The research involves the development of new techniques for improving the monitoring, assessment and prediction of abnormal blood clot formation in therapeutically and pathologically modified blood. The principal beneficiaries will therefore be patients (in the UK mainly NHS patients), particularly those suffering from diseases which involve abnormal clot formation. These include patients suffering from thromboembolic disease (which causes significant morbidity and mortality in Western society), with stroke being the third leading cause of death in the UK. In addition, the research will directly benefit over 1 million NHS outpatients who require monitoring of oral anticoagulant therapy (OAT). Correlation of present standard clotting tests (e.g. INR) to clinical outcome has been unsatisfactory, with uncertain healthcare benefits. In particular the research will benefit those patients receiving warfarin OAT as a result of venous thromboembolism (VTE) who suffer recurrence of deep vein thrombosis (DVT) and/or pulmonary embolism (PE) despite appearing adequately anticoagulated in terms of their standard (INR) test results. Repeated instances of DVT and PE in such patients represent a serious healthcare issue and are a financially significant challenge to the NHS. VTE causes in excess of 25,000 potentially preventable deaths per annum within UK hospitals (five times the number from hospital-acquired infection).

More widely, and longer term, the beneficiaries will include patients in whom abnormal blood clot formation requires improved monitoring of responses to anticoagulant/antiplatelet therapies (including aspirin); and those patients who require improved predictions of clot lysis in response to drug treatments; and patients who require improved dose assessments of these treatments. Clinicians will also be beneficiaries of the research in terms of being equipped with new tools/techniques for assessing and predicting abnormal clot formation. Such techniques are urgently needed e.g. NICE guidelines (2010) require all 1.3M annual UK hospital admissions to be screened for clotting abnormalities but standard coagulation tests have failed to relate hypercoagulability to abnormal clots in thromboembolic disease due to insensitivity and poor reproducibility.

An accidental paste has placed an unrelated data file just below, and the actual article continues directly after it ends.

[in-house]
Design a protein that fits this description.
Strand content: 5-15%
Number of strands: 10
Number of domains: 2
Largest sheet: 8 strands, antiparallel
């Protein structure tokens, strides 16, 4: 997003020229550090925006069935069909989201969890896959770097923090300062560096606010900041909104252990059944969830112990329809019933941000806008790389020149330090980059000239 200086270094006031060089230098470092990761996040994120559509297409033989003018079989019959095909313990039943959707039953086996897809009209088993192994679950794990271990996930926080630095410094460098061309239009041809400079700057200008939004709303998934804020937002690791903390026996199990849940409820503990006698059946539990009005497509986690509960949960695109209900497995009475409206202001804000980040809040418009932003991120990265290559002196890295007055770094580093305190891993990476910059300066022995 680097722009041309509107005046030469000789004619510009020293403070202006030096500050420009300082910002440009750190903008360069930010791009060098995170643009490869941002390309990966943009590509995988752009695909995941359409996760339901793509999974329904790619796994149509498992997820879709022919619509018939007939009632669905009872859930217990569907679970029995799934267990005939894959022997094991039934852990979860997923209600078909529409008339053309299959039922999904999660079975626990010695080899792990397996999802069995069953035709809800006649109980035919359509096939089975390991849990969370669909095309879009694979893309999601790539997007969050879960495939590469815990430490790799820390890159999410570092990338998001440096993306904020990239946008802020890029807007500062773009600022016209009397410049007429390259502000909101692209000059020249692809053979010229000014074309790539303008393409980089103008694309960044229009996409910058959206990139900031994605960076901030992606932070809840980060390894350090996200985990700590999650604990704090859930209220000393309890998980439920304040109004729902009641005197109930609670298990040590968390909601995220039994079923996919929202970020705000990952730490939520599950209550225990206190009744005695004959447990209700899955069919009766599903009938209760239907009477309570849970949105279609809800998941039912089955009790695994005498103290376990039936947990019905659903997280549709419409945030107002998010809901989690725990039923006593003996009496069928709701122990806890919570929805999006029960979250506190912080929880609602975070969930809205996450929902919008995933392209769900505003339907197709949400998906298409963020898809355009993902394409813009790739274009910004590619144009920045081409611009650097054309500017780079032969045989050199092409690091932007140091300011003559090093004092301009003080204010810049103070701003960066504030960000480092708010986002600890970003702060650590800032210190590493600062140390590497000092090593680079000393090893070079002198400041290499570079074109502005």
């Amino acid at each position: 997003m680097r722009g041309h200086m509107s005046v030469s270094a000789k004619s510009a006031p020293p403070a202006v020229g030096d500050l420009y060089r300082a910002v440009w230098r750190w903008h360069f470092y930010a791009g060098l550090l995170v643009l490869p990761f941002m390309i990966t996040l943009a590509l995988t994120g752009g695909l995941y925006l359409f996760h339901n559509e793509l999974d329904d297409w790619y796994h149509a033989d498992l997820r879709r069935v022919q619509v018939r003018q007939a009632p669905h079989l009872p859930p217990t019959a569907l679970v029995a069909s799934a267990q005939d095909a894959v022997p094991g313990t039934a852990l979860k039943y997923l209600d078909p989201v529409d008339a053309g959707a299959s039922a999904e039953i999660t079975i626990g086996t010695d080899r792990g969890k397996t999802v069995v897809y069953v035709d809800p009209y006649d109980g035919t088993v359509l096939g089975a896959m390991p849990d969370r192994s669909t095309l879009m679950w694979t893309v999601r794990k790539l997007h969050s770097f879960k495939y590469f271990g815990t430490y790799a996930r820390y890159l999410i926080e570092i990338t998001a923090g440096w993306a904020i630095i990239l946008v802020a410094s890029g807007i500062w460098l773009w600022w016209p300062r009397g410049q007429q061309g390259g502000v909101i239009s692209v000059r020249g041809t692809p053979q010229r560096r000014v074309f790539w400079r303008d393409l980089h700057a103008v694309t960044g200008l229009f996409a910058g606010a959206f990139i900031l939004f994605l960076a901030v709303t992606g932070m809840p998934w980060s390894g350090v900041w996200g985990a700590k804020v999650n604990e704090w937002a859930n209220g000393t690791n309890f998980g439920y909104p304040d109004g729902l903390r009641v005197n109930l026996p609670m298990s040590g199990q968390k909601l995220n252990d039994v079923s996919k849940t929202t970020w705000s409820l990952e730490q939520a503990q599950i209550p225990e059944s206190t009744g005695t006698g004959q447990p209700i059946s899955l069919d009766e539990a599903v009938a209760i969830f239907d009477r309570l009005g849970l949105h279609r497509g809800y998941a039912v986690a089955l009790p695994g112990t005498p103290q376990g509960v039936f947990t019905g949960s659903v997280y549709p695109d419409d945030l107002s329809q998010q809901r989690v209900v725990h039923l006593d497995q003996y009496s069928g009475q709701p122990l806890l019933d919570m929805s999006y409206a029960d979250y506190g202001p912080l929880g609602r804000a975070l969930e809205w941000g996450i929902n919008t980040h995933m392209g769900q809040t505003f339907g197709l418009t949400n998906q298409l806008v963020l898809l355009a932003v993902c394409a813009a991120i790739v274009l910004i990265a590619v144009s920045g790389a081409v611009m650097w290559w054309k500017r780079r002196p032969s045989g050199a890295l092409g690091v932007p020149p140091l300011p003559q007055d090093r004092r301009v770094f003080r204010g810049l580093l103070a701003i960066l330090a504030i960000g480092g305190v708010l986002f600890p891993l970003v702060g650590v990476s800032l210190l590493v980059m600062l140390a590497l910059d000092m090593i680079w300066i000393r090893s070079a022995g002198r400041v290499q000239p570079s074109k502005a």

Companies in the medical device technologies sector will also benefit from the research. Significant commercial opportunities exist for the production of commercially available forms of new tests for clotting abnormalities, both within hospital (near patient) settings and more widely as the basis for point of care testing in GP surgeries, clinics or, eventually, within the homes of outpatients. The opportunities are substantial: the global market for monitoring and screening anticoagulated patients is estimated at over $2.25billion, growing at 5% annually (STFC). The opportunities are global due to demographic change and the increasing incidence of disease related clotting abnormalities linked to the acquisition of westernised diets.

In addition to the obvious ways in which patients would benefit from improved tests and treatments, a principal benefit would be to their clinicians who would enjoy more reliable, timely information regarding responses to ongoing treatment or disease progression (better information, better care). An ability to screen patients who are non-responsive to warfarin and who develop abnormal clots would benefit the NHS by alerting clinicians to warfarinised VTE patient non-responsiveness, thereby allowing alternative treatments to be sought; and by reducing the financial costs of hospital admissions associated with recurrence of DVT/PE. Companies providing new tests to target such patients would benefit from a recurrent source of income based on the sale of test consumables. Ultimately, by making such tests compatible with operation in non-hospital settings (GP surgeries or homes), patients would benefit in terms of improved quality of life.

Publications

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Burke L (2017) In-situ synthesis of magnetic iron-oxide nanoparticle-nanofibre composites using electrospinning. in Materials science & engineering. C, Materials for biological applications

 
Description THE NEW FINDINGS ARISING FROM THE AWARD HAVE POTENTIALLY SIGNIFICANT COMMERCIAL IMPACT. THIS POTENTIAL LED TO THE AWARD (TO PROFESSOR PR WILLIAMS) OF A ROYAL ACADEMY OF ENGINEERING 'ENTERPRISE FELLOWSHIP' 2012-2013. THIS ENABLED PROFESSOR WILLIAMS TO EXPLORE FURTHER ASPECTS OF THE COMMERCIAL POTENTIAL OF THE RESEARCH FINDINGS. BASED ON THIS, THE ESTABLISHMENT OF NEW INTELLECTUAL PROPERTY, AND ITS EXPLOITATION, IS BEING EXPLORED WITH SEVERAL POTENTIAL COMMERCIAL PARTNERS IN THE HEALTHCARE AND PHARMA SECTORS. NEW INTELLECTUAL PROPERTY FILINGS ARE EXPECTED IN 2019/20.